Nobel incentive

MEN of vision have often been ridiculed for their idealistic conviction that things could be better than they are. Skeptics have long said that the Arias peace plan for Central America will not work, that the Sandinistas will renege on their promises and pull the plug. Costa Rican President Oscar Arias S'anchez stubbornly insists that with 25 million Central Americans wanting an end to armed conflict in the region as badly as they do, ``we just cannot fail.'' That kind of courageous optimism, in the face of strong odds, this week earned Mr. Arias his richly deserved Nobel Peace Prize. Basking in the shared glory, and rightly so, are the other Central American nations and Costa Rica itself, a democracy with free, compulsory education, no death penalty, and no standing army.

Early in 1987, when he was only one year into his term as Costa Rica's President and it would have been safer to tend to national business, Arias took a considerable risk. This lawyer and economist of quiet demeanor crafted a regional peace plan and began persistently promoting it before almost any audience that would listen. On Aug. 7 four other Central American Presidents signed aboard; they did so despite strong criticism of the pact's ``loopholes'' by the Reagan administration, the latter's preference for the tougher Reagan-Wright plan, and their own heavy dependence on United States aid. It took courage on their part and forceful pressure from Arias, who, at one point, kept the talks going by ordering, instead of a break for dinner, dinner brought to the negotiating room.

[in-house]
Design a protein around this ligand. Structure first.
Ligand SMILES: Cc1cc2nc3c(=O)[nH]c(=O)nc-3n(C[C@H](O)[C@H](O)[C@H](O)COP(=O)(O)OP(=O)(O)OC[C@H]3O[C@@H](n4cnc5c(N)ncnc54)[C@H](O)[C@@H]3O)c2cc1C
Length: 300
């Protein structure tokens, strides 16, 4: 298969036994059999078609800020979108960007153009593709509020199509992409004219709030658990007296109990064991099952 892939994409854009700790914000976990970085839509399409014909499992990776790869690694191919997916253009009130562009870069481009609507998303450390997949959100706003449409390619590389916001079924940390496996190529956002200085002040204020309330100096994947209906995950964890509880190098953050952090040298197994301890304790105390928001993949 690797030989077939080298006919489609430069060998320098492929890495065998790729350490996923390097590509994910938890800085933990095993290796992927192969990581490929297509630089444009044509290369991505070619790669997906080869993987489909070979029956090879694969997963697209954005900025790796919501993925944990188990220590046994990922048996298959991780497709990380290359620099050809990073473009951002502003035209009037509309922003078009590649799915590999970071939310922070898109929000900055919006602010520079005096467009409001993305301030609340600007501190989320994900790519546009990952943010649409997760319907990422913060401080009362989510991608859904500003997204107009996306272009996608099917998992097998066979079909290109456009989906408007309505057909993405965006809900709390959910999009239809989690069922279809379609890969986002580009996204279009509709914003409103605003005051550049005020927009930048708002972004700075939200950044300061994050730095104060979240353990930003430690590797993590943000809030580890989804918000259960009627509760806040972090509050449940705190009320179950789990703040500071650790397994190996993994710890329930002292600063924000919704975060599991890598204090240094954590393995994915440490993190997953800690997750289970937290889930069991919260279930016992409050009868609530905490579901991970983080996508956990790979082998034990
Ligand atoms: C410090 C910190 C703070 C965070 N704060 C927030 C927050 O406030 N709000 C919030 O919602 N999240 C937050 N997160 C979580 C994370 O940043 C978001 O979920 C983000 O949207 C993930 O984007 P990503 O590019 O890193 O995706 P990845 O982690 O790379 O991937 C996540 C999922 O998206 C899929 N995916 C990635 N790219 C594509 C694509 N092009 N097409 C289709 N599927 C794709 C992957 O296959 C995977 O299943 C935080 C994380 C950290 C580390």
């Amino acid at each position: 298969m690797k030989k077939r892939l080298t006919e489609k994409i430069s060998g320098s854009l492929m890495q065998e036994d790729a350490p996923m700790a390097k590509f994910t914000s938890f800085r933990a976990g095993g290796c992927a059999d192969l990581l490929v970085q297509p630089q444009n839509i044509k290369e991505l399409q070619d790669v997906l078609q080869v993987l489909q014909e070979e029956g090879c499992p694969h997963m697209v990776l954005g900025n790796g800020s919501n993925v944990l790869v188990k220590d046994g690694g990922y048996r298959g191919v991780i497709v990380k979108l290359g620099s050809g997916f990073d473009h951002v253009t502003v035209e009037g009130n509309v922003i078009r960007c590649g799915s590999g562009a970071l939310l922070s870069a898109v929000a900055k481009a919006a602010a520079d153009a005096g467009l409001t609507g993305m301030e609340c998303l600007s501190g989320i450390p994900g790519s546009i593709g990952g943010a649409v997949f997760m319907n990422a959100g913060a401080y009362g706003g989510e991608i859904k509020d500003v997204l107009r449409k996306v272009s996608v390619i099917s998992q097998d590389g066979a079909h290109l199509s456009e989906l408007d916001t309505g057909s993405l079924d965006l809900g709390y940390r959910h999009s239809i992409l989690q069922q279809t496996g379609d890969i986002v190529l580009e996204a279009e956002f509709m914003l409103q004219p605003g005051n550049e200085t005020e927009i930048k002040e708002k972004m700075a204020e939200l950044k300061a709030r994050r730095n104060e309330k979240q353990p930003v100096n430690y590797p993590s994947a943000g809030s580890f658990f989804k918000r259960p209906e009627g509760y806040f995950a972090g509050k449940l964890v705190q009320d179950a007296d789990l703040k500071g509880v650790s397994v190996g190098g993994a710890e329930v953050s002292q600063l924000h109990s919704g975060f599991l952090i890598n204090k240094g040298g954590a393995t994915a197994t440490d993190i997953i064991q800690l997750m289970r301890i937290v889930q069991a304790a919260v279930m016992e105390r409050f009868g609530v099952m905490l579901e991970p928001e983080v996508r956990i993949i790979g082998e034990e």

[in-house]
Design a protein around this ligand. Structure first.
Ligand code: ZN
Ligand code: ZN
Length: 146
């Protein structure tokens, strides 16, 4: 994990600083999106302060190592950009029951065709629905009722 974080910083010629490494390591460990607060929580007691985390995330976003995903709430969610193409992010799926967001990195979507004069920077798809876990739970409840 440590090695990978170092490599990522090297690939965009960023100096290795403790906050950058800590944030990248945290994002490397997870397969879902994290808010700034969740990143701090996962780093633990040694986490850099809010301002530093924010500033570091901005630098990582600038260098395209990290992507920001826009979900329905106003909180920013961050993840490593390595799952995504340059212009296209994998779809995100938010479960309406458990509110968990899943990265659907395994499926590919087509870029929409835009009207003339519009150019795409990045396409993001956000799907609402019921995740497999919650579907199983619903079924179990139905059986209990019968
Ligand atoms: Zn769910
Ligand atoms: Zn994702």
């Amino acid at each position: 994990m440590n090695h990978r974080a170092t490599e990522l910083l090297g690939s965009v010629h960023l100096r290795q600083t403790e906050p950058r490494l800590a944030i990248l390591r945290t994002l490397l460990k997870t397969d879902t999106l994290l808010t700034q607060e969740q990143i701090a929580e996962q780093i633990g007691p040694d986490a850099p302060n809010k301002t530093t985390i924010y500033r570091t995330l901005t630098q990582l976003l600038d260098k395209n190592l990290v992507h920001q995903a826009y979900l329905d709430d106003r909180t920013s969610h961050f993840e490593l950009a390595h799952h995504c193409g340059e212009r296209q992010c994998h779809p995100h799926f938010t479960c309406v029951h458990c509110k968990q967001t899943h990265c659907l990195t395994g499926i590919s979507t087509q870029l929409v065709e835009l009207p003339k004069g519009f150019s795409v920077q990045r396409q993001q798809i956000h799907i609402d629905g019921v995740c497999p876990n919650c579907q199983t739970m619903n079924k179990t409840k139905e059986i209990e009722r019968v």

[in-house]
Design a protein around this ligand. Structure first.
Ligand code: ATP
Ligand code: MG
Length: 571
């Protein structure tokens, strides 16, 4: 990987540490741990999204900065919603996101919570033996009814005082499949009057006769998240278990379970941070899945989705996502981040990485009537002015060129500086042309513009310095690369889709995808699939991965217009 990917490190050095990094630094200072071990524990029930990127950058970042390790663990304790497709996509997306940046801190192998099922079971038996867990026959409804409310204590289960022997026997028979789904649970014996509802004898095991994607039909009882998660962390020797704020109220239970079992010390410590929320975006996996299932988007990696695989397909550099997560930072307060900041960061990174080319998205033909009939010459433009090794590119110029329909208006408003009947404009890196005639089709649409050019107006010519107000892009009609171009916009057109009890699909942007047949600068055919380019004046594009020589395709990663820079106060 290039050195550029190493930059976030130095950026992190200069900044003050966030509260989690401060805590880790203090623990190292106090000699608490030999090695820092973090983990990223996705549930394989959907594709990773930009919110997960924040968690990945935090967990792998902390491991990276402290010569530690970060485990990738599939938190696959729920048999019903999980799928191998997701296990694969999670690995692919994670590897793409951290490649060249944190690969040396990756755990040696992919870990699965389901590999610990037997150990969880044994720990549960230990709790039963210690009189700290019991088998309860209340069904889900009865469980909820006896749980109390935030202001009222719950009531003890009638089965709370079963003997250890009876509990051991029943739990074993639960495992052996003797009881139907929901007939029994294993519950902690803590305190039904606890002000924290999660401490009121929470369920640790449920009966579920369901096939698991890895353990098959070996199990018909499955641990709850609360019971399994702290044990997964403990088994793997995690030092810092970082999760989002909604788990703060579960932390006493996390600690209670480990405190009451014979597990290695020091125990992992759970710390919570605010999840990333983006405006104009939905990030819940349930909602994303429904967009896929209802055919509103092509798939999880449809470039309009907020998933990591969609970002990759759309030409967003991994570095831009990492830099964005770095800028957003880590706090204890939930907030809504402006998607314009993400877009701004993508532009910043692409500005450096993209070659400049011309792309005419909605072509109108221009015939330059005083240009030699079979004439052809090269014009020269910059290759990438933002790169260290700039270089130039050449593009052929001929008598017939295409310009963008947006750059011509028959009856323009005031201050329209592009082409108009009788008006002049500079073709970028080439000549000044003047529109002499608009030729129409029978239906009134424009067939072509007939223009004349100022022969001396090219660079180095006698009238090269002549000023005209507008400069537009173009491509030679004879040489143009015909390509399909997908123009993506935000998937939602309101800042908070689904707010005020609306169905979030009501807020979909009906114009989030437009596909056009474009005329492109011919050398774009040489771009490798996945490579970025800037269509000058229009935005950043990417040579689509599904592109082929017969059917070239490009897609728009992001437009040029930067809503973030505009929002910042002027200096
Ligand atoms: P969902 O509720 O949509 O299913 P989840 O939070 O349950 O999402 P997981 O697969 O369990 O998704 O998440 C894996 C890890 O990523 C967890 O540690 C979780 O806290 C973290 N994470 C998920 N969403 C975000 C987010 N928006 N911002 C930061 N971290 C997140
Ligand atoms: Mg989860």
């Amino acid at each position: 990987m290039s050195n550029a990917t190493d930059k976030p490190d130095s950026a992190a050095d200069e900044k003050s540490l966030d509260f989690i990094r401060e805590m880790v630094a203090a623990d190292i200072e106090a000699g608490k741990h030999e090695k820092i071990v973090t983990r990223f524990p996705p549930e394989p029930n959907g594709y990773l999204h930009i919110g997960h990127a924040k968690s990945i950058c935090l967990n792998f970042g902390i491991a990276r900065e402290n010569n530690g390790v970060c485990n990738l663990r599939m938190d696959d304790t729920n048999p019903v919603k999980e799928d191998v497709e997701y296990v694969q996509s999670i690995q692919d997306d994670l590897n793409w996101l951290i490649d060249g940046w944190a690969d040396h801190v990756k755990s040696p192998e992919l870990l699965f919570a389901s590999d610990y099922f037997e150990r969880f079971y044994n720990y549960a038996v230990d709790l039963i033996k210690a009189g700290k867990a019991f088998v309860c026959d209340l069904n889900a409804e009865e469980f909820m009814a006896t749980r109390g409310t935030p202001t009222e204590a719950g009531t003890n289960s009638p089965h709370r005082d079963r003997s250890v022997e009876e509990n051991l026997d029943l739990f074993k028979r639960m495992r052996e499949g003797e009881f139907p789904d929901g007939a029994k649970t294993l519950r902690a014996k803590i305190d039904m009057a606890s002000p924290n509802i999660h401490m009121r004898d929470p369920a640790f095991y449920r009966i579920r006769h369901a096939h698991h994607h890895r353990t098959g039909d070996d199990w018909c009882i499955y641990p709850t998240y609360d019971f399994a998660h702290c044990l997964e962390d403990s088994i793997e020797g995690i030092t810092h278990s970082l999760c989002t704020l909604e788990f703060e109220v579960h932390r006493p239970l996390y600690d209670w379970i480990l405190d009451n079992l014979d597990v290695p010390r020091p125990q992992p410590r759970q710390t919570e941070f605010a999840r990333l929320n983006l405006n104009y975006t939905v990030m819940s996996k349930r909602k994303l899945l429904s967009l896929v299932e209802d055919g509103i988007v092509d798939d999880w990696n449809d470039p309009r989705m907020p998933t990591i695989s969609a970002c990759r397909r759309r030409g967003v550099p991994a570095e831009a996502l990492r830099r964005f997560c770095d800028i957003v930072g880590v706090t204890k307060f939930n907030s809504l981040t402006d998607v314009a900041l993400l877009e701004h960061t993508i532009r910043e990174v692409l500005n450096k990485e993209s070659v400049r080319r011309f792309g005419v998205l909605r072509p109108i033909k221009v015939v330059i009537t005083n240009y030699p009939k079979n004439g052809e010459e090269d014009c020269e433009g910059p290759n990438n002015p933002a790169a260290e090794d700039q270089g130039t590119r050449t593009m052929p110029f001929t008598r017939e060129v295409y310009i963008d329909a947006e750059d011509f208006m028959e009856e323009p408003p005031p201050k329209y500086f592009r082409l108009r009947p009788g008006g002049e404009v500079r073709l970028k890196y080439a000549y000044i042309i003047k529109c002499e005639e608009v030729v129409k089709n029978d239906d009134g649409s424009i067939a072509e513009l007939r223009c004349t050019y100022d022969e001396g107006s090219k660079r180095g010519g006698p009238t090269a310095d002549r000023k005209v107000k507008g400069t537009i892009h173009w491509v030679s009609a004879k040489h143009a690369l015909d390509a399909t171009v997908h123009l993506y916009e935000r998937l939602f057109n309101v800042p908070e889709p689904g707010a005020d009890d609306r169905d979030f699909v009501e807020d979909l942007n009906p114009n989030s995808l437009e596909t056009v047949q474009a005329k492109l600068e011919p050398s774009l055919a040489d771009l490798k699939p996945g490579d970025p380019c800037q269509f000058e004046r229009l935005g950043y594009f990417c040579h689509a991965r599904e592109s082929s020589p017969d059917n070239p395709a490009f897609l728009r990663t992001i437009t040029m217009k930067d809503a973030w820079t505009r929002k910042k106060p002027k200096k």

Arias is correct in pointing to the many others who should share in the Nobel honor. His plan built upon the proposals made by the Contadora group which preceded it. The Reagan-Wright plan also added to an atmosphere of renewed hope in diplomacy at a critical moment before the Arias plan was signed.

The plan has not yet achieved its goals. Critics say the award was thus premature. We disagree. As the chairman of the Nobel Committee notes, the prize should not just recognize those who serve peace but should contribute to the process. The award gives the plan a decided boost. Arias is now pushing hard to persuade the Sandinistas to accept the idea of a negotiated cease-fire, with someone such as Miguel Cardinal Obando y Bravo serving as an intermediary for the contras. House Speaker Jim Wright says the award ensures that Congress will not approve new contra aid; this despite the fact that on the very day of the award Secretary of State George Shultz made a strong pitch in hearings on Capitol Hill for Congress's approval of the administration's $270 million aid request to help the contras politically if not militarily.

The award is one more reminder that moves toward peace, and conversely war, in one part of the world affect us all. Arias views the award less as achievement than as incentive for peacemakers in the region to ``redouble'' their efforts. He is on the mark.

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